• Sponsored Content: One of the more popular ad types, sponsored content can be utilized with a variety of objectives and paired with various types of content. Marketers can choose to run carousel ads, video ads, banner ads and more, and can bid with a cost-per-click (CPC) objective for engagement or CPM if they are aiming for reach and awareness. This versatile ad type is something we use often at BusinessOnline to great success; it often looks like a native social post in the user’s newsfeed, which can increase ad engagement compared to something like a display banner on an irrelevant website.

Education Ads

Now that you’ve begun to reach your audience, it’s time to deliver more personalized content that enriches their customer journey and starts to show them how your business would benefit them. Using LinkedIn for ABM can help you generate demand through form fills or start an in-platform conversation with a more engaged, qualified prospect at one of your target accounts. These ad types will enable the next step in your ABM program.

  • Sponsored Content with Lead Gen Forms: Pairing rich sponsored content with a lead gen form on LinkedIn is one of our favorite ways to generate demand for our clients. Because the lead gen form is auto-filled with a user’s LinkedIn information, the likelihood they will convert is much higher than sending them to a form on a landing page that they must fill out themselves.
  • Conversation Ads: A more recent addition to LinkedIn’s ad library, conversation ads allow for customization and automation all in one. You set the script for the offers you present your target customer, but they self-select what interests them. Whether it’s accessing an on-demand webinar, researching more about your solutions or raising their hand for a sales conversation, the user on the receiving end of a conversation ad gets what they want, when they want it. Though it may take more initial setup on your end, using these LinkedIn ads for ABM can begin the conversation in a more natural way. Conversation ads allow the user to retain some autonomy in their buying journey while providing you with data about where they are in the sales process.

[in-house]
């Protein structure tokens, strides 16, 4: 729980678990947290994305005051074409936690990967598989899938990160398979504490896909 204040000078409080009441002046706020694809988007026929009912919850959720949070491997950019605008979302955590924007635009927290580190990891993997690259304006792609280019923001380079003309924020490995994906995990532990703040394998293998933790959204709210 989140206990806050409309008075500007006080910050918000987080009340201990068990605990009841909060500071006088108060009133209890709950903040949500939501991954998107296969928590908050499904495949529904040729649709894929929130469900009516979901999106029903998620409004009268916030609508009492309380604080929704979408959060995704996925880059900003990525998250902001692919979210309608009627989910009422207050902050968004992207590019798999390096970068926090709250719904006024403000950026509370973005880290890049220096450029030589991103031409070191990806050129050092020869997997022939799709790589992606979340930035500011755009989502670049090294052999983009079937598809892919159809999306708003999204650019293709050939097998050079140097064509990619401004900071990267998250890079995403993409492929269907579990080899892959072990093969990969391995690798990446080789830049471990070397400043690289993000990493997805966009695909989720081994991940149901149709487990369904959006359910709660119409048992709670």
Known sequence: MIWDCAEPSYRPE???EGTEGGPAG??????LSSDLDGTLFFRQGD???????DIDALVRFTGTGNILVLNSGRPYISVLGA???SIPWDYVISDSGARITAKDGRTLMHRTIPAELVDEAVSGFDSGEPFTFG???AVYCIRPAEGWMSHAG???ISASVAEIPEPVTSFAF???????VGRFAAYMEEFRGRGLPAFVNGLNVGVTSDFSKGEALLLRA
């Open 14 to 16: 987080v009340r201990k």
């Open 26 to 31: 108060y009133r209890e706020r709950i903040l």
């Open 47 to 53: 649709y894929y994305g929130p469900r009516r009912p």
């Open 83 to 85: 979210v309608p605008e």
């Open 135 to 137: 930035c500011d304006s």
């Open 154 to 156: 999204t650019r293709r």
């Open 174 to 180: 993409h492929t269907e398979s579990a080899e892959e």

Decision Ads

All of the above ads can also be utilized for the decision-making stage of the ABM journey. When utilized in combination, they work together to prepare your prospects for the final stage. But there is one ad type we haven’t yet talked about that is ideal for the decision stage.

  • InMail: Reaching a user in their inbox, at the bottom of the funnel (BoFU), can be a powerful move for ABM managers. This step can engage with prospects who have engaged with ads at earlier stages of the funnel, ruling out those who aren’t as interested or prepared to buy at this time. Not only does this save your marketing budget, but it also gives you the customization to send content tailored to a more niche audience. We’ve all been on the receiving end of irrelevant InMail, but if you’ve done your ABM job properly, these users should be more aware and engaged of your brand—or even your name or face from other marketing efforts—and be more likely to convert.

How to Use LinkedIn for Account-Based Marketing

We’ve talked about the benefits of LinkedIn for account-based marketing and reviewed the types of ads you can utilize per each stage of the customer buying journey. What’s next?

Let’s get into the nitty gritty of how you go about perfecting account-based marketing with LinkedIn, from set-up to sales hand-off.

Step 1: Build Your Target Account List

Choosing the right TAL for your account-based marketing LinkedIn campaign is a foundational step that will inform the success of everything that comes after. In summary, developing your TAL is a collaborative, iterative process between sales and marketing that isn’t “one and done.” Whether you use existing CRM data, an ABM tool for account identification, or industry research paired with intent data, your TAL should reflect the ideal accounts your company can serve.